April 2006 Watershed Highlight of the Month
CWN's April Watershed Highlight of the Month features Ruth Blyther, who is the Watershed Coordinator for the Humboldt Bay Watershed Advisory Committee (HBWAC). Under her guidance, HBWAC authored the 2005 Humboldt Bay Watershed Salmon and Steelhead Conservation Plan, which
includes Jacoby, Freshwater, Elk and Salmon Creek watersheds. Goals of the Plan
- conserving the remaining wild salmon stocks of the Humboldt Bay watershed and
- maintaining ecosystem integrity while preserving economic benefits of resource use.
The Plan, developed by an inclusive multi-stakeholder group, was developed to
provide a basis for making restoration and conservation funding available for
projects to meet the Plan goals.
Humboldt Bay Stakeholders say…
“Ruth has been so active in such a variety of projects that it is hard to even make a list of them. From restoration, planning, doing education and outreach to the community, land preservation through the land trust boards she is a part of, First Flush, getting groups to work together, etc. Today she was at the SACER meeting offering part of the HBWAC grant to help them do planning. She is helping do the Coastal assessment project for NOAA also. I guess I would like to say something about her comprehensive knowledge and ability to apply it in practical ways that benefit the overall community.”
“Ruth has committed her entire adult life to restoration, primarily here in California. Ruth's career in restoration began as a trainee in the Redwood National Park (RNP) expansion era displaced workers training program. As one of the first retraining programs on the north coast, there was much innovation and learning that occurred. Many of the graduates of this program went on to careers in restoration on the north coast.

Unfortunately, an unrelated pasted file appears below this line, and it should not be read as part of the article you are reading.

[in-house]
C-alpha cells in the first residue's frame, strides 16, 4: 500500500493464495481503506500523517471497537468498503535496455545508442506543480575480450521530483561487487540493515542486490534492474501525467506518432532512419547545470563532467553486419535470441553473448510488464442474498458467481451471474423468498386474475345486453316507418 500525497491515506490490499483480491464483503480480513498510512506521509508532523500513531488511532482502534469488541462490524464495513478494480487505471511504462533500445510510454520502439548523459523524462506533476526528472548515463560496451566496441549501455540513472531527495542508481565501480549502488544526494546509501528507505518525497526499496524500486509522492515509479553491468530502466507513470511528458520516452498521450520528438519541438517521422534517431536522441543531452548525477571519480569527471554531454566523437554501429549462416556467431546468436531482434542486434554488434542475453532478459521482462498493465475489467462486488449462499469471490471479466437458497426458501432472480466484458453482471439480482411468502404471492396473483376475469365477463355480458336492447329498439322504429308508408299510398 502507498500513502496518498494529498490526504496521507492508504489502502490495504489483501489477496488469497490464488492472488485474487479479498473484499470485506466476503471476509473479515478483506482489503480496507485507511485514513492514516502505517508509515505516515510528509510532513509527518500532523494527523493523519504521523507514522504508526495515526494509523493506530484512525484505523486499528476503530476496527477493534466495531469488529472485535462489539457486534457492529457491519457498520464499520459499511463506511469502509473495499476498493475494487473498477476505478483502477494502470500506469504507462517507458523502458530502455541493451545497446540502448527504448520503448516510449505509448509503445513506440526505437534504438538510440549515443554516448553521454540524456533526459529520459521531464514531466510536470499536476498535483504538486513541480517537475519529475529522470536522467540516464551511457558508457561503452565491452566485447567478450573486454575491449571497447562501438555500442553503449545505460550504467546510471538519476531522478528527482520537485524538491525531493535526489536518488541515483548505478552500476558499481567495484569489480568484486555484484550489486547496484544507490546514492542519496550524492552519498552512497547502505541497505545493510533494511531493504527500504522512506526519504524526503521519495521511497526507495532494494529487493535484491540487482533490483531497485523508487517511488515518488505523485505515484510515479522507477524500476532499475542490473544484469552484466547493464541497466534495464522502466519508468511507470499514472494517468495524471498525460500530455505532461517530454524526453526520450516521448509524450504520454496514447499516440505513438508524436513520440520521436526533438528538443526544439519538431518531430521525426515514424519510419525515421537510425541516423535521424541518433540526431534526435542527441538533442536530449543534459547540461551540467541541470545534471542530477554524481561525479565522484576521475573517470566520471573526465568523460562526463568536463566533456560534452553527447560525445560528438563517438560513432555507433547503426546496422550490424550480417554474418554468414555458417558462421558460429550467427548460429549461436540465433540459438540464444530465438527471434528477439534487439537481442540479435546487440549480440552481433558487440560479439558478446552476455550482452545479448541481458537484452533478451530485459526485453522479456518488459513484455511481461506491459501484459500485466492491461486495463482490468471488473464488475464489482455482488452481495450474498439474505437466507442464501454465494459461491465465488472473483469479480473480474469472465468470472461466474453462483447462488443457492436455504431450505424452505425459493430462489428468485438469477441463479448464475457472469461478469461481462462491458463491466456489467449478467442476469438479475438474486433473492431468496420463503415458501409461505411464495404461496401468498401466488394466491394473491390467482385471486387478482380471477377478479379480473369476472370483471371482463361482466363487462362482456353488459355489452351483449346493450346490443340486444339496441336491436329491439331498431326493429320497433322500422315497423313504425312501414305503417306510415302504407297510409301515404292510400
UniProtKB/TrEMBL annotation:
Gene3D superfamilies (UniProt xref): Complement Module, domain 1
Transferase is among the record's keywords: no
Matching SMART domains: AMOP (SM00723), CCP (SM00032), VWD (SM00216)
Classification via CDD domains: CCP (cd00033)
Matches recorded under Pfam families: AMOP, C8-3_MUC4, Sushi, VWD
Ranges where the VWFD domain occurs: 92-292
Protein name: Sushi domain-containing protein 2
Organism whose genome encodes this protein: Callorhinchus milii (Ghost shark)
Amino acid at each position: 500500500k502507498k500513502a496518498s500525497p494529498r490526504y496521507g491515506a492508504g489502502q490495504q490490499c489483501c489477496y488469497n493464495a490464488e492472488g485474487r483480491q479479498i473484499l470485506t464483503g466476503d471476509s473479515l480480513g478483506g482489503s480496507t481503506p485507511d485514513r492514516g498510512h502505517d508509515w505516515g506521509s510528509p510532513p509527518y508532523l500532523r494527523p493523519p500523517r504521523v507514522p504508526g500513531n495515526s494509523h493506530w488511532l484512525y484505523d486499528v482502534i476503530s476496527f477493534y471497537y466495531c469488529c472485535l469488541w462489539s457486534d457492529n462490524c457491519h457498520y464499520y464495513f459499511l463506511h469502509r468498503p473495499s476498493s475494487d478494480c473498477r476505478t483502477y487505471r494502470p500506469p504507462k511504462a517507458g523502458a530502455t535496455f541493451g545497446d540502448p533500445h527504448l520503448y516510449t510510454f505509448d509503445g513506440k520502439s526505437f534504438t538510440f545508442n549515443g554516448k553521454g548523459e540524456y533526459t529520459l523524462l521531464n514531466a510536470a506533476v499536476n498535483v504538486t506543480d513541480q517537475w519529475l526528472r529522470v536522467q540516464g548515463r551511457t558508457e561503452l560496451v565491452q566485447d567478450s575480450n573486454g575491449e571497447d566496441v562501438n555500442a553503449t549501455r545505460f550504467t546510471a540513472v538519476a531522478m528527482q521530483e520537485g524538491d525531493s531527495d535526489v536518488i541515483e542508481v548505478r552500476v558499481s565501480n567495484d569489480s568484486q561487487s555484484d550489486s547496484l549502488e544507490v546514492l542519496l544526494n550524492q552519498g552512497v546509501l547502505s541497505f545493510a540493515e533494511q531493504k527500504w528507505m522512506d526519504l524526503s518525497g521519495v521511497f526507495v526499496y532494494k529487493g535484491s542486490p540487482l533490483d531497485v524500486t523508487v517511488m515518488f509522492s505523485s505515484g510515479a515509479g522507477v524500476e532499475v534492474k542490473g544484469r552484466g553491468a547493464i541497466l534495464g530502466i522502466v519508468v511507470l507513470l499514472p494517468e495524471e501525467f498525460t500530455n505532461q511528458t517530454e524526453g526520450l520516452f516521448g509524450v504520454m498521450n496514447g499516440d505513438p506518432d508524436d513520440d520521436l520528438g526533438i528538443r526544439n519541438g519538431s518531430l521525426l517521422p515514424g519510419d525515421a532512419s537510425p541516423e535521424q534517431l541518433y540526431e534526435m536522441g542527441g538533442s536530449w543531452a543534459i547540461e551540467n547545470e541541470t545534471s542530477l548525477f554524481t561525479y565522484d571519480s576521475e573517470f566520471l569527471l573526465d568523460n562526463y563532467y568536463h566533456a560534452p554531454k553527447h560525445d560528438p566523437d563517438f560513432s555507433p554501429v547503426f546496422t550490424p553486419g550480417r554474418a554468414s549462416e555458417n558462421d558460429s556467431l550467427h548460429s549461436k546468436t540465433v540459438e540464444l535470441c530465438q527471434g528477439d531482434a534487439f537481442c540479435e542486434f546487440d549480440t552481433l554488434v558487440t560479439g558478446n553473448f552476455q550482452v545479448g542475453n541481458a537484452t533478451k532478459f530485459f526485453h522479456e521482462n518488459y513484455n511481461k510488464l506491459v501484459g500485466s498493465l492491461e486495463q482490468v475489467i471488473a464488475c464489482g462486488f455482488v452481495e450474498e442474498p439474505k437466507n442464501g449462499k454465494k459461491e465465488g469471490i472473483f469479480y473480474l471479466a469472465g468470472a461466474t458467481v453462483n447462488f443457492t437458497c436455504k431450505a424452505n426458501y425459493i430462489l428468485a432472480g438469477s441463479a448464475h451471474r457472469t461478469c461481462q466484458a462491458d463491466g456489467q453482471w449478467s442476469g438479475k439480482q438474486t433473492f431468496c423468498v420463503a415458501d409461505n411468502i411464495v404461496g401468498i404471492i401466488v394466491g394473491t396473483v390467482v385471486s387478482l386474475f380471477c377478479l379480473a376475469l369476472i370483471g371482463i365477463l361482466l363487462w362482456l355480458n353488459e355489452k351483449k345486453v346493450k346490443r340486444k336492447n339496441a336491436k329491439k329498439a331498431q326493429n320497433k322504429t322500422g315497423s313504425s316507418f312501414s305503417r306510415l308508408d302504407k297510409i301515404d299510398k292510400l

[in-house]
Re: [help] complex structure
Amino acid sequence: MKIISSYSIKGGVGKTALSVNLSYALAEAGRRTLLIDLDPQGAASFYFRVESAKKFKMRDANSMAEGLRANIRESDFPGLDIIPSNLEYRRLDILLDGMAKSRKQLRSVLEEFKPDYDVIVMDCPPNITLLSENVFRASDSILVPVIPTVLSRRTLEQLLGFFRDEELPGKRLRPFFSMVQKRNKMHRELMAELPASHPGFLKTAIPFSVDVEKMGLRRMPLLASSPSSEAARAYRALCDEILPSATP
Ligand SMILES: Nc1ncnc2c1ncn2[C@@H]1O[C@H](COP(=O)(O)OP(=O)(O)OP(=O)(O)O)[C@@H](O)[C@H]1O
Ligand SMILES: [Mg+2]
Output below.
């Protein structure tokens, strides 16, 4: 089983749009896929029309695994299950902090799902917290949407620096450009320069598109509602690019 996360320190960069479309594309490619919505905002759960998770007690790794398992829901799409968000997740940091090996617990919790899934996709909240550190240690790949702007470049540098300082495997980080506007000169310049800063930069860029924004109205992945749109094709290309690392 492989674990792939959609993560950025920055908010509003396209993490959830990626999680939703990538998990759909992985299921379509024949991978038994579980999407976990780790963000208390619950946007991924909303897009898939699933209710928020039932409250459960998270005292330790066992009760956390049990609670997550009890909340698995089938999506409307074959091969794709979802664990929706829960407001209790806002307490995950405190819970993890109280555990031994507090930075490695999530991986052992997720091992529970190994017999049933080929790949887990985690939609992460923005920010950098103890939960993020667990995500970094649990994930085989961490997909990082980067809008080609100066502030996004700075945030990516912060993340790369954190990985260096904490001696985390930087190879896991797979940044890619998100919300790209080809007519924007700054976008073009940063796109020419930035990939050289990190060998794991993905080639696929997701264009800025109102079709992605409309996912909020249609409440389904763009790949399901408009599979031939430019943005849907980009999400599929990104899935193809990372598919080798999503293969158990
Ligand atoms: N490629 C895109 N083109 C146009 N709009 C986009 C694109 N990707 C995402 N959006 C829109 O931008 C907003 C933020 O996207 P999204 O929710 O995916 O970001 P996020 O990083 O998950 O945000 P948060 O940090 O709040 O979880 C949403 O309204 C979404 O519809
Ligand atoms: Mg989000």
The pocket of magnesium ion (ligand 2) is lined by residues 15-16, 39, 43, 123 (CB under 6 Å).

In the early 1980's Ruth started a company, Progressive Forest Management (PFM) with friends John Schwabe, Jenna Gavin, and Bob Ford whom also were graduates or trainers in the RNP program. This group was responsible for the riparian restoration work on Prairie Creek at the Davidson Ranch. Ruth and the PFM team were innovators and excellent at the private "landowner dance".
Soon after the PFM folks joined forces with other restorationists' at RCAA's Natural Resources Division (NRS). From the early 1980's to the present, with a short stint in Africa while finishing her masters in Watershed Management, Ruth has been with NRS. She has been the vision and drive behind the Humboldt Bay watershed restoration movement, organizing a truly broad stakeholder steering committee for the effort.
Ruth is a listener, a collaborator, a mediator, a leader, and a friend to many. She is on a multitude of Boards and involved in many of the local land trusts efforts always looking for new ways to protect watersheds and the people that live within them. She has devoted her life to this effort.